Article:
Showcasing your Student’s Work: Language Arts

Children-readingAs I am preparing for families to come this spring and summer for portfolio reviews, I am thinking it beneficial to discuss different ways to document what your student has done this year. I am going to break this down into subject areas over the next several weeks so I can provide you with various options for each area. This week I am going to address Language Arts, particularly reading.


Record oral work. When little ones are just beginning to sound out letters and read, it may be difficult to “show” work that has been done since a large portion of the work is oral. For beginner readers you can record a book that you are reading aloud and the interaction that is taking place. For instance, if you are reading In the Tall, Tall Grass by Denise Fleming and you are having your reader listen and follow along, pointing to certain letters or words, it documents what is being accomplished. You can have a grandparent listen to it as well. Those are button-busting moments for all involved!

You can also have any of your readers create audio books over a period of time to show progress. Modeling this would be helpful to your child, either by listening to a book on CD or by recording one yourself. These can be short books or a chapter book; it just depends upon what you would like to do. Since it is January, you still have several months to do this before a portfolio review. Play it back for your husband at the dinner table and let your student shine!

Keep a book list. Either keep a receipt from the library; record the titles in your lesson planner; or take pictures of the books, or bring three books with you that were read at the beginning, the middle, and the end of the year. This is an amazing way to see the progress your student has made throughout the year.  There are times when I just don’t think I have done anything and if I have someway of looking back to where I began I am encouraged that I actually did more than I thought. Sometimes you see tremendous growth with your child, and much of the time it is slow and steady.  Both of these are great, so don’t be discouraged. :)

Keep workbook pages. If you are using a traditional workbook, you can pack it up to show at your assessment, or you can tear out 30 pages or so. These pages would be from the beginning, middle, and end of the year.

Check comprehension of reading passages. This can be done by stopping in certain portions of  the story and ask questions such as, “What do you think will happen next?” “How do you think the story will end?”, “Why did the character act that way?” (motive) If your child is not writing yet, then record their answers and be sure to title the page. For example: Caps For Sale  Why did the seller throw his hat down? Record your child’s response.

Having your student draw a picture of the story as a summary or as a prediction for what will happen is a way to record comprehension too. Many reading programs have comprehension questions at the end of the passage so you can include some of those for the portfolio.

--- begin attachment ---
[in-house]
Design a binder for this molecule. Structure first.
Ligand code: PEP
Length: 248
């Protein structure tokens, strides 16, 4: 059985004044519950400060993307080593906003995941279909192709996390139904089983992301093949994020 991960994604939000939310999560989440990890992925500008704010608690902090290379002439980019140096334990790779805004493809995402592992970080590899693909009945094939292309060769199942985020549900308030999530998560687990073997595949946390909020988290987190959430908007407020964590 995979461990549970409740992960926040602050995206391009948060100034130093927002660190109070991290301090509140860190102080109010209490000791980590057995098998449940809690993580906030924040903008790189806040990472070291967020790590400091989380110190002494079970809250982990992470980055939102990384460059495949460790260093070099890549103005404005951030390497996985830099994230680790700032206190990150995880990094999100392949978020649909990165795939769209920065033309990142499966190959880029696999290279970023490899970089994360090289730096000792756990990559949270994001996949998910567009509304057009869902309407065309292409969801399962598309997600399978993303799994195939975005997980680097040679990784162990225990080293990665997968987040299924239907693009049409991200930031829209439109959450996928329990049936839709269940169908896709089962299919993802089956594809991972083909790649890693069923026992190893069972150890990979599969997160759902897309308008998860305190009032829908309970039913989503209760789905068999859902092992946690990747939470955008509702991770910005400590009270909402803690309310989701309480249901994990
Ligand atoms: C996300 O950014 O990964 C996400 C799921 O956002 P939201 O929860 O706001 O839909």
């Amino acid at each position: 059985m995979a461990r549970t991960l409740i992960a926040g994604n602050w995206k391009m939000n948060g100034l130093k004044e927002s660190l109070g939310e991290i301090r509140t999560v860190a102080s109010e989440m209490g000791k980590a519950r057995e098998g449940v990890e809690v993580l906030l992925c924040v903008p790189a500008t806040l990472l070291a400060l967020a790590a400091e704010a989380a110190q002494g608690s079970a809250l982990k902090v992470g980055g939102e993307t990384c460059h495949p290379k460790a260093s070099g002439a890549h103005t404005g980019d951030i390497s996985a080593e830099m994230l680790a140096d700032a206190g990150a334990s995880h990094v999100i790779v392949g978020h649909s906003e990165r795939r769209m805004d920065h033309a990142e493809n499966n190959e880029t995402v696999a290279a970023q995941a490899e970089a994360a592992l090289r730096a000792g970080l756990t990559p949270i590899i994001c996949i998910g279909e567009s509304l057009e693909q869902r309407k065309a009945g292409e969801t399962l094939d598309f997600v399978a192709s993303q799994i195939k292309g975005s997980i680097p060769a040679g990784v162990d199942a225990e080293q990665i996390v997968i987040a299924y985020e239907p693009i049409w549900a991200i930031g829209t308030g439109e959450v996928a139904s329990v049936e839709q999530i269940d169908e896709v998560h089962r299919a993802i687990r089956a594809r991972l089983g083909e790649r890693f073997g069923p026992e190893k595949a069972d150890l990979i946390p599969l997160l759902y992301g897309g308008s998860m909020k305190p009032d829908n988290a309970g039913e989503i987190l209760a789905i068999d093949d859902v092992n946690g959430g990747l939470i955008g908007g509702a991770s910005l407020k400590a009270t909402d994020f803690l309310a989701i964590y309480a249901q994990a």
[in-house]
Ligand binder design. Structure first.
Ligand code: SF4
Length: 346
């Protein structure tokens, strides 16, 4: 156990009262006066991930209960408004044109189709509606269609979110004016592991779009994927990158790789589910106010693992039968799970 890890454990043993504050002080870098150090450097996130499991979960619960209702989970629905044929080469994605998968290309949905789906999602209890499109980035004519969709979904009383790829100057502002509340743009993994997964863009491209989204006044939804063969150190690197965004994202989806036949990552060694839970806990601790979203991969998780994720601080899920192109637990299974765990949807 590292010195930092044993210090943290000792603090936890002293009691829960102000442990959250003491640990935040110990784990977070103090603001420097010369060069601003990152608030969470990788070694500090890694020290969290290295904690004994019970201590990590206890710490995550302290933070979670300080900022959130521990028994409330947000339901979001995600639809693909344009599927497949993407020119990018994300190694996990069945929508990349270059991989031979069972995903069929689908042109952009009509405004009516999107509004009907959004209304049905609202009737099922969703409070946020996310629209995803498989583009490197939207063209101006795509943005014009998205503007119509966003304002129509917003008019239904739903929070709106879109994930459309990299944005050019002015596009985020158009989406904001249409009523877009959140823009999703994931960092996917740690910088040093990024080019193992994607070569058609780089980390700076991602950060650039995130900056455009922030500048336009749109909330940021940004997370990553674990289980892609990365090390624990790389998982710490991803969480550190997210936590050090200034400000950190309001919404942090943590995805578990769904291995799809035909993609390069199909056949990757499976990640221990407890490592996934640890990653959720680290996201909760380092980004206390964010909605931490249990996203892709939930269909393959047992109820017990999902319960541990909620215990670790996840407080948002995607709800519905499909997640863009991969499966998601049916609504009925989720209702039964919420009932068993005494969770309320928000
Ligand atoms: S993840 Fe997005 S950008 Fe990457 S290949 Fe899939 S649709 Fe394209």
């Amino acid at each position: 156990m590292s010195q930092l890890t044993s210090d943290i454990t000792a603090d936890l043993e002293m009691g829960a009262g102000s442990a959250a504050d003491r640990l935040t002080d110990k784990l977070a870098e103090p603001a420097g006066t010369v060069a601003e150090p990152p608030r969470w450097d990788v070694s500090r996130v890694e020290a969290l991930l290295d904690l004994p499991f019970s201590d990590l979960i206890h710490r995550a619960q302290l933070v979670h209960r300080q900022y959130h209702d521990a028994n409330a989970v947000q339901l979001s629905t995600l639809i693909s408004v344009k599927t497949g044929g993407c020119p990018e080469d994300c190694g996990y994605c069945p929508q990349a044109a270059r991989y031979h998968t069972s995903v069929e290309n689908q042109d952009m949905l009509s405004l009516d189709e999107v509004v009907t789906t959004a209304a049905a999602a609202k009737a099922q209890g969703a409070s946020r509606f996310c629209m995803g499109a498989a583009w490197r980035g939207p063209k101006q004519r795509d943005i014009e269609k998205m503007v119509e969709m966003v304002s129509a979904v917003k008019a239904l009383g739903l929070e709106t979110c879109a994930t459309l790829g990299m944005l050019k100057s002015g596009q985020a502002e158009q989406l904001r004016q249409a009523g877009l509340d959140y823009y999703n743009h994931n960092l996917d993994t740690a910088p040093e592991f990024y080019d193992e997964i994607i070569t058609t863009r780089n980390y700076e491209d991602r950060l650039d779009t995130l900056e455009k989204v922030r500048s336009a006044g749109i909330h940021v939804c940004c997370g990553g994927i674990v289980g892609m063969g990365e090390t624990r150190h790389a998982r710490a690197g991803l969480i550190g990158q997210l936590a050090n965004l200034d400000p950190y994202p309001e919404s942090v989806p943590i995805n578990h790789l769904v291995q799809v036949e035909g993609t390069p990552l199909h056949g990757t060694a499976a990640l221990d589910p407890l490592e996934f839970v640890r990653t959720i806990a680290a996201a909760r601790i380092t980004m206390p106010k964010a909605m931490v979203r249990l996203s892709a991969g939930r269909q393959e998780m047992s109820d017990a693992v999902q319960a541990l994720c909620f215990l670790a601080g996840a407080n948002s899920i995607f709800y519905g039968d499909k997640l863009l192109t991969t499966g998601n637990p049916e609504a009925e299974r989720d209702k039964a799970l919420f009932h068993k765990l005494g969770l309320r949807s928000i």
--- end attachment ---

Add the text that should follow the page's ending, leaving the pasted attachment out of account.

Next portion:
Create a picture collage of activities. Perhaps your children make crafts or do some of their schoolwork on the computer. You can take pictures of your children reading directions, and/or show a picture of the computer screen with the results that are given at the end of the lesson or game.

I hope this has given you ideas of documenting your student’s work. As you can see, there are many ways to do this and you are not limited to just one way to do things. You have unique pupils and not each child learns the same way.

Please leave a comment if you have another idea. I’d love to hear it!



My friend Ann sent me a picture of what they do to celebrate reading at their house. They create a Reading Wall. Every time someone reads a book they write the title and their name on a post-it and stick it to the Reading Wall. I love it! Thank you for sharing, Ann. :)photo 1 photo 2








Free Portfolio Review Giveaway!

confetti_falling_iclipThis is the last week for a chance to win

 Woo Hoo! It’s that time of year where I give away two free portfolio reviews! If you are interested in having a chance to win one of the reviews (a $40.00 value) there are six ways to enter.  Each way gives you one chance. I will draw one name for each portfolio review on January 31 and post who won on my blog February 1.

“So, how do I enter a chance for the giveaway?” I am glad you asked! This year there are even more ways to win that last year. :)

  1. Subscribe to my blog. Write a comment that lets me know!
  2. Like me on Facebook. There is a link to my Facebook on the right side of my blog. Write a comment below to let me know you are following.
  3. Write a comment below about why you like to homeschool.
  4. Direct a friend to my blog. Write a comment below that lets me know you did that.
  5. Sign up for a portfolio appointment (March-July) and let me know you want to enter the giveaway.
  6. Recommend me to a friend and have them mention your name (this month) when they schedule a portfolio review. Of course, I am always appreciative when you recommend a friend to me- THANK YOU!

I hope you win!


~ Lisa

Staying on Track: What to do When Life throws a Curve


Recently I went on an anniversary getaway with my husband to Florida. It was one of the most relaxing trips we have ever had until… I wiped out on my bicycle and did a face plant on the concrete. Ouch! To make a long story short, I had to get six stitches around my eye and sported a lovely purple shiner and lots of bruises for several weeks. Of course, that wasn’t planned and we had to adjust our plans to accommodate my accident.

Perhaps you have had a year like that, maybe not one identical to mine. ( I certainly hope not!) But, situations come up and all of the plans you made have suddenly had to be changed to fit the need you have. How do you keep going? How do you stay on track with school?